Removal of woody vegetation from uncultivated field margins is insufficient to promote non-woody vascular plant diversity

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Abstract

Uncultivated field margins are one of the most frequent non-crop habitat types in contemporary, highintensity
agricultural landscapes and may therefore be important for the persistence of many farmland
species. Managing field margins in a way that preserves, and preferably enhances, their value for
biodiversity is therefore important. In the present study, we evaluate how the flora of uncultivated field
margins is affected by the removal of woody vegetation as prescribed by an agri-environment scheme
(AES) under the Swedish Rural Development Program 2007–2013. We used generalized linear mixed
models and detrended correspondence analysis to compare the flora of open (cleared) and more
overgrown field margins, located within agricultural landscapes of different complexity, in Scania, S.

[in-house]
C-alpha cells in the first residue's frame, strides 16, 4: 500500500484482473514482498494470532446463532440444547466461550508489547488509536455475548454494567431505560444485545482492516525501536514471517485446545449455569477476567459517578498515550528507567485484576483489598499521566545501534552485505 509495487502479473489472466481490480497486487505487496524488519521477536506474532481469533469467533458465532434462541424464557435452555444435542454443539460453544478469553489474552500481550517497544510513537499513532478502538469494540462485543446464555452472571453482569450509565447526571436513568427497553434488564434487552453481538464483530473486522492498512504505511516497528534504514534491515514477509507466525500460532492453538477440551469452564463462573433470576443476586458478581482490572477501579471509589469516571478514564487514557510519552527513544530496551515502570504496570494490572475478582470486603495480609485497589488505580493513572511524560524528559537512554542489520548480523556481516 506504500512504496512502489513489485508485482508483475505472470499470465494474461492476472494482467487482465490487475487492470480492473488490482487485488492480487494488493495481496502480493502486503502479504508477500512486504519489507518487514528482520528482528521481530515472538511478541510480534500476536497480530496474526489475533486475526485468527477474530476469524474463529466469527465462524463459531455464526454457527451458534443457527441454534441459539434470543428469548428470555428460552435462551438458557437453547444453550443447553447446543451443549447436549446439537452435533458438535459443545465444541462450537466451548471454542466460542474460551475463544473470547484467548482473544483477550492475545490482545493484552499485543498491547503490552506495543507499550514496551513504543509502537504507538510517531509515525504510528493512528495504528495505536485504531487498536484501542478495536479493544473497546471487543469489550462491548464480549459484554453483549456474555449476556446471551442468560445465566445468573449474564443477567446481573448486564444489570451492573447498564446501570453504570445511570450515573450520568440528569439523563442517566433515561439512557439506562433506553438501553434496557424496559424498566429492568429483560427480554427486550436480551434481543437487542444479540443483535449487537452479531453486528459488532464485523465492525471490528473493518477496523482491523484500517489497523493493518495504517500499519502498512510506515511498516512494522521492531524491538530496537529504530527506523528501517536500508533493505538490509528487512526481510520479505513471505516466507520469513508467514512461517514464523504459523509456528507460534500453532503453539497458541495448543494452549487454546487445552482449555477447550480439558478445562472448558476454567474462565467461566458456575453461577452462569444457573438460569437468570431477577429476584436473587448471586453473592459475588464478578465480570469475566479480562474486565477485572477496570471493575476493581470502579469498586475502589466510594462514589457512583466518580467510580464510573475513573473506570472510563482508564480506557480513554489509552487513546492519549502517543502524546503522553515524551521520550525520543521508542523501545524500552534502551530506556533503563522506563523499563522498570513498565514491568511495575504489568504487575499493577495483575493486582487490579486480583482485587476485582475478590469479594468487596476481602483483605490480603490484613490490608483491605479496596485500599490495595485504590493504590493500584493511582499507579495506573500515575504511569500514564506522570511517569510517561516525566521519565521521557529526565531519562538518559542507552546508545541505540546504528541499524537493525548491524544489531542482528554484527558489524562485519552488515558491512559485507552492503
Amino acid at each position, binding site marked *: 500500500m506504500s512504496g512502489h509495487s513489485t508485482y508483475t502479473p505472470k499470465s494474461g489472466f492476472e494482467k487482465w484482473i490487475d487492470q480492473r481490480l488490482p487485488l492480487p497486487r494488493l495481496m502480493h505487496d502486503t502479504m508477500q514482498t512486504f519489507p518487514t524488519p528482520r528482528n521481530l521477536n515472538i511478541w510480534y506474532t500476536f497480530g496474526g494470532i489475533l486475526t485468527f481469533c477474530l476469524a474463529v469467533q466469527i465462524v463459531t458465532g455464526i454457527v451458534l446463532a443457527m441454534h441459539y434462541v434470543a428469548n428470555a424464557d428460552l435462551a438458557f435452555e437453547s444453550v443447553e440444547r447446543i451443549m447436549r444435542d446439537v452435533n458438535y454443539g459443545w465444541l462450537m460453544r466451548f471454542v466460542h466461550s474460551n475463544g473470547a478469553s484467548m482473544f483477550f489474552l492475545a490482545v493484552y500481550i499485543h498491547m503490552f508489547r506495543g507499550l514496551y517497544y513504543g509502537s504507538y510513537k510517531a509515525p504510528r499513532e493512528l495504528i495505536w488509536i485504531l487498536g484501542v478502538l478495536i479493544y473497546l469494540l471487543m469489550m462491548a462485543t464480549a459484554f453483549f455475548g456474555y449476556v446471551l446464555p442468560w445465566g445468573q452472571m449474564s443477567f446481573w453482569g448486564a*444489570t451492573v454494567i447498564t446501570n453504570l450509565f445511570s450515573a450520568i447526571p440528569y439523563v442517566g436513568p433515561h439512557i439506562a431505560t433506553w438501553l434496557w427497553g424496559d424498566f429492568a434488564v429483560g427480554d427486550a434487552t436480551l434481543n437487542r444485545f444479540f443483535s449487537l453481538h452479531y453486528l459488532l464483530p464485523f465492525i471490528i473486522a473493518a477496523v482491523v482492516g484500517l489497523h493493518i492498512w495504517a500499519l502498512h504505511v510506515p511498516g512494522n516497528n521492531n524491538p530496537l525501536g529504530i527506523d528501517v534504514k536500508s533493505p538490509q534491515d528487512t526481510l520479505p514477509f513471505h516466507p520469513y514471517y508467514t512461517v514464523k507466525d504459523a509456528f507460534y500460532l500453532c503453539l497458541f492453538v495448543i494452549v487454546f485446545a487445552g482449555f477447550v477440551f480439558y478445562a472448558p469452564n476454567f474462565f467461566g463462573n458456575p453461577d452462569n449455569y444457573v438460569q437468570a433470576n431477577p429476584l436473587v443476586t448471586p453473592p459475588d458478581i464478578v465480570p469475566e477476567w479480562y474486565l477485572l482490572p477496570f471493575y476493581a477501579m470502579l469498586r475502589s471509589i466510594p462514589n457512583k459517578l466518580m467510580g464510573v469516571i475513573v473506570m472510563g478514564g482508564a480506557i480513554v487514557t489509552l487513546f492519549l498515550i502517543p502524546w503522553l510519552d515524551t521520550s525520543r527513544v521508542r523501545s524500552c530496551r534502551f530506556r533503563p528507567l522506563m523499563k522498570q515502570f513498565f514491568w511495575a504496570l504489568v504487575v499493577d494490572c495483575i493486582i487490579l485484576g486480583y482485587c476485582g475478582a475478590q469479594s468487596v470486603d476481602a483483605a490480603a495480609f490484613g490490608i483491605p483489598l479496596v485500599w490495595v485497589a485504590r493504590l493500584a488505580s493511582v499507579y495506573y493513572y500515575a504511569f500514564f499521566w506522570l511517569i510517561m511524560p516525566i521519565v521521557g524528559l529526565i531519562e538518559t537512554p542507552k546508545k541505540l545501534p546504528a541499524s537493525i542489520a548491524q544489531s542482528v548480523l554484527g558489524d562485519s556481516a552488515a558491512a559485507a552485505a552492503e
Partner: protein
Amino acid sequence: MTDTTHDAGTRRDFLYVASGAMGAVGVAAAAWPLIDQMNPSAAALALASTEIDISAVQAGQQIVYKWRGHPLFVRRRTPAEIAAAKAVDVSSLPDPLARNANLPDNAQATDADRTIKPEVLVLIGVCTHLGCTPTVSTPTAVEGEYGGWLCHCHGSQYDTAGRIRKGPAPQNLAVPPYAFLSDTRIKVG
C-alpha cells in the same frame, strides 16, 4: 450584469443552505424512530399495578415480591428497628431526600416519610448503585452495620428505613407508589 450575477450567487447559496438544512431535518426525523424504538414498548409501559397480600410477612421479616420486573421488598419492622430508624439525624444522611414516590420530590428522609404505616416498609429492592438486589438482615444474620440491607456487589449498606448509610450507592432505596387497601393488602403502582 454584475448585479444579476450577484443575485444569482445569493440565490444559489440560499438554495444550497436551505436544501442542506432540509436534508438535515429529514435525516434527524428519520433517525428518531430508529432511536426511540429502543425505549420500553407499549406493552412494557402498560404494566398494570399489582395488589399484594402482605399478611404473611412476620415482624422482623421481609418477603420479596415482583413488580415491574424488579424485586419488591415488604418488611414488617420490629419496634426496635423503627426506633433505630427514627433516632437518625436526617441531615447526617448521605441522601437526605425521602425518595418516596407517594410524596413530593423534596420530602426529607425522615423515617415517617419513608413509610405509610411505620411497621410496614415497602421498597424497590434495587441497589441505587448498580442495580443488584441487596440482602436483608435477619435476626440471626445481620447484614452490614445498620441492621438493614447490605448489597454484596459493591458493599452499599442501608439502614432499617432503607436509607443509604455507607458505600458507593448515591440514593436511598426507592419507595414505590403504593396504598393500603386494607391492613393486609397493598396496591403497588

Sweden. As expected, there was a negative effect of management on woody species. However, the local
(1m2) and transect (100 m) level richness of non-woody species did not differ significantly between
management categories, and there were no differences in the within-transect variability of non-woody
species (local b diversity) or the species composition (0.25m2 plots) in managed and unmanaged field
margins. Our results show that the removal of woody vegetation from uncultivated field margins, as
prescribed by the evaluated AES, is unlikely to benefit non-woody plant species. The species composition
of the sampled field margins suggests that inclusion of appropriate field layer management alone is
unlikely to be sufficient to improve habitat conditions for grassland species unless measures are taken to
counteract eutrophication. Landscape type, on the other hand, influenced both the total richness and the
richness of each of the species groups that were considered to be of particular conservation value in the
present study: field margins in the complex agricultural landscapes were significantly richer than those
in the simple ones. Maintaining non-crop habitat at the landscape scale is likely to be a necessary first
step in the prevention of a further decline of farmland plants.

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Subject classification (UKÄ) – MANDATORY

  • Physical Geography
  • Earth and Related Environmental Sciences
  • Biological Sciences
Original languageEnglish
Pages (from-to)1-10
JournalAgriculture, Ecosystems & Environment
Volume201
Publication statusPublished - 2015
Publication categoryResearch
Peer-reviewedYes